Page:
Thermodynamic databases are available from producers like DECHEMA (FRG), the Thermodynamics Research Center (Texas A&M University), and the Physical Properties Data System (PPDS) of the UK. The IUPAC Committee on Chemical Databases is working with the IUPAC Commissions to make databases such as conductance, solubility, transport properties, and enthalpy of vaporization available, both on computer tapes and floppy disks as well as through online vendors in the near future.


Each type of database mentioned about requires computer software to search, retrieve, and/or analyze the information in the particular database. Such software needs a computer to run on. Thus the online computer systems (all of which are in the USA, except as noted), such as the DIALOG, ORBIT, BRS, Data-Star (Switzerland), JICST (Japan), DARC (France), STN (USA and FRG), CAS ONLINE, Pergamon Online (UK), TDS, CIS, and so forth are combination of a database, software, and computer hardware which forms a complete system (2). Generally speaking these online computer system vendors do not create and own the databases which are available on their systems. Thus, the approximately 200 databases on the DIALOG system are maintained and owned by their respective creators, not DIALOG. DIALOG is simply a supplier of the information from others. Some, like CAS have primarily their own databases on their system (STN), but most of their databases are also found on other systems (such as DIALOG, BRS, QUESTEL, ORBIT, Pergamon Online, and others).

In addition to the above systems which search bibliographic and non-bibliographic databases, there are two major online systems which search for chemical structures. They are CAS ONLINE and the QUESTEL DARC system. Both have the entire CAS file of over seven and one half million chemical structures, and the QUESTEL DARC systems also has the ISI database of over three and one half million chemical structures which are associated with the ISI Index Chemicus database.

All of these systems are available, usually via a local dial-up telephone, in most countries, and usually at nominal prices. Figure 2 shows the author sitting at a computer terminal connected to a chemical database system via an ordinary telephone line which can be seen in the bottom left hand of the figure. The computer systems of some vendors are available 24 hours per day, 7 days per week. Availability of the remaining systems is 5-6 days per week, and usually about 20 hours per day. Thus it is fair to say chemical information is essentially available anywhere and at anytime. As telecommunications become easier and less expensive, usage will increase. In many countries and organizations, access is available through a library or similar information group, often at little or no cost to the end user. For a novice it is probably better to let someone else perform the searching, so you can learn how it is done.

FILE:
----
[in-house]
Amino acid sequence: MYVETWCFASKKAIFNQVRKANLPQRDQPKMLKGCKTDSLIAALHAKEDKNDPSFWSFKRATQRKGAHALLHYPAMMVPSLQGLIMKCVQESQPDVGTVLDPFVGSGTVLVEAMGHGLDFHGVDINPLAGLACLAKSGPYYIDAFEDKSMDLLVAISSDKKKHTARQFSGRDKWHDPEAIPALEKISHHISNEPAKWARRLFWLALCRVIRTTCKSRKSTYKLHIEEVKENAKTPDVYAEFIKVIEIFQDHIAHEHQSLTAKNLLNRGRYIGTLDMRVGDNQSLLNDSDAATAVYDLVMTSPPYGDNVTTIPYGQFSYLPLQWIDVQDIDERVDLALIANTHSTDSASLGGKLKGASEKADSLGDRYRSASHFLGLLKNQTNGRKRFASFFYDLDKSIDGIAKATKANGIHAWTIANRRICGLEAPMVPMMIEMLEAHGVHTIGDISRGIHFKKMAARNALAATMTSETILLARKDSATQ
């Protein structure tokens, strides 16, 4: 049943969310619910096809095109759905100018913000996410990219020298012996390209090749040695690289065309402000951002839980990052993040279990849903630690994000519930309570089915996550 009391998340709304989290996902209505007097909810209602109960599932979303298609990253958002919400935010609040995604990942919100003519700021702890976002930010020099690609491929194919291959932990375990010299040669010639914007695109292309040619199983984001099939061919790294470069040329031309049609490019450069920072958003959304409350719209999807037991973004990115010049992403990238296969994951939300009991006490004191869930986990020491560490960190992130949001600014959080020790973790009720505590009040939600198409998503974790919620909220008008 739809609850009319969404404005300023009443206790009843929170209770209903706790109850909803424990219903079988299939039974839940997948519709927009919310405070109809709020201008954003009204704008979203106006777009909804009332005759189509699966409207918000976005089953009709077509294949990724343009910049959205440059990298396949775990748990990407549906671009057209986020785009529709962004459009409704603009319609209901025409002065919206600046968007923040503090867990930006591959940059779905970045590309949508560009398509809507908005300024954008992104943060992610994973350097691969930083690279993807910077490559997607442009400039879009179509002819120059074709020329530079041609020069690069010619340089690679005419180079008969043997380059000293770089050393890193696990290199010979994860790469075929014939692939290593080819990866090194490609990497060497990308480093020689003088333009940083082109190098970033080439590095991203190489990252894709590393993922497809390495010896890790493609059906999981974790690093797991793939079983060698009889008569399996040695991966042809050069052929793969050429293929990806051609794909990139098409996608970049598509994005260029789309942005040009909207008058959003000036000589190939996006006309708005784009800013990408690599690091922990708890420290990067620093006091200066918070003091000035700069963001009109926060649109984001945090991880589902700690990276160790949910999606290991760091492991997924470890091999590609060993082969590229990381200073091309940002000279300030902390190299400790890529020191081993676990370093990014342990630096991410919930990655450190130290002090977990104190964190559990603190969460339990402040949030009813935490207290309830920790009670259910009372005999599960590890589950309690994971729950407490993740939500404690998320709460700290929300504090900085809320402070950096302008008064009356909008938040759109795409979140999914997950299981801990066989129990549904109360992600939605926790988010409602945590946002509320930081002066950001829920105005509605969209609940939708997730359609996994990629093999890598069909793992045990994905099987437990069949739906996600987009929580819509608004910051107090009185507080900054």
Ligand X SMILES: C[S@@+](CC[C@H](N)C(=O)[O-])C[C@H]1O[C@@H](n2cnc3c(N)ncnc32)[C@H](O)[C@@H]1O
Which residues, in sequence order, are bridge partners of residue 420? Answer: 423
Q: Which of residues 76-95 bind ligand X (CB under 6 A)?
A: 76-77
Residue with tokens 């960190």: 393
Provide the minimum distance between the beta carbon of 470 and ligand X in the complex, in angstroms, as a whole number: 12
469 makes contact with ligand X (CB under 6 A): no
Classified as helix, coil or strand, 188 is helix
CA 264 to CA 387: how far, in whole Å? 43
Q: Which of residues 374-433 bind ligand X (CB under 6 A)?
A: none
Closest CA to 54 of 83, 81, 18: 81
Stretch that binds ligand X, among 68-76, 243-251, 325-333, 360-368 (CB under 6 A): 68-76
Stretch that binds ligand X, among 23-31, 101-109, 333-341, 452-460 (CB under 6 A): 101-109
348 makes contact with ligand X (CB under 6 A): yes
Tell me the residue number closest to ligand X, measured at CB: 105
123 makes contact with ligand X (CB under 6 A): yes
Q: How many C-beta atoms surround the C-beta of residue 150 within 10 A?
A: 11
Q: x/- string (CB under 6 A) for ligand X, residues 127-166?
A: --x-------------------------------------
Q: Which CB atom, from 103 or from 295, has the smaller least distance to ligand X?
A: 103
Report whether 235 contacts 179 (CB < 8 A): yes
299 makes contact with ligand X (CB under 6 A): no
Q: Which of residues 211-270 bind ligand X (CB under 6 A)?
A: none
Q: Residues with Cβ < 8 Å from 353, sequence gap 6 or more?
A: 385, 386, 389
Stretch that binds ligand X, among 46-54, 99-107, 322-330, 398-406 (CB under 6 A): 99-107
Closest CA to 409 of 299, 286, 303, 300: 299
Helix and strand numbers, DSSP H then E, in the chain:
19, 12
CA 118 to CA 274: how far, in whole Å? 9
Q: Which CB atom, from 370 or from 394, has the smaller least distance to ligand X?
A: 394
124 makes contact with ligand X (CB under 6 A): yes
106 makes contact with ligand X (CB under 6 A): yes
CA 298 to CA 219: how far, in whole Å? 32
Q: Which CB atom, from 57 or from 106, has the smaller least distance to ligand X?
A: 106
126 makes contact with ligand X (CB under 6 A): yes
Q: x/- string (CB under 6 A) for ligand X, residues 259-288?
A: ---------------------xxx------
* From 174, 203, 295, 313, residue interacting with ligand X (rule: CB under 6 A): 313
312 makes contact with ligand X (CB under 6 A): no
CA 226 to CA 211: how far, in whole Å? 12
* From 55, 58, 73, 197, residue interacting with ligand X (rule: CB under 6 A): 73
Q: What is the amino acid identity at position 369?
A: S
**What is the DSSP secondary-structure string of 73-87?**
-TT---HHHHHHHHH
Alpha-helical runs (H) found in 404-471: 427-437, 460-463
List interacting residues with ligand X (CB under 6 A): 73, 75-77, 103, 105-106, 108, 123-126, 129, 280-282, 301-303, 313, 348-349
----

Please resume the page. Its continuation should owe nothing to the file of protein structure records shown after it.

It has be the intent of this article to provide a brief overview of computer based chemical information in terms of the databases and how they are available to the worldwide scientific community. Understanding what is available and where such information and chemical data can be found is becoming more and more important in the high technology world we live in today. IUPAC is participating in this area through its new Committee on Chemical Databases, and all IUPAC members are encouraged to provide input into this committee to help create and make available for dissemination and distribution the valuable data being gathered and evaluated by the IUPAC Commissions.


1. See, for example, Y. Wolman, "Chemical Information - A Practical Guide to Utilization", John Wiley & Sons, New York, (1983), and J. Ash, et. al., "Communication, Storage and Retrieval of Chemical Information", Ellis Harwood, Chichester, (1985).

2. For a explanation of all the acronyms, what databases these online vendor companies have available, and how these companies can be contacted, an excellent reference source is: Directory of Online Databases, Cuadra Associates, 2001 Wilshire Blvd., Suite 305, Santa Monica, CA 90403 USA.

3. S. W. Terant, L. R. Garson, B. E. Myers, and S. M. Cohen, "Online Searching : Full text of American Chemical Society Primary Journals", J. Chem. Inf. Comput. Sci., 24, 230(1984).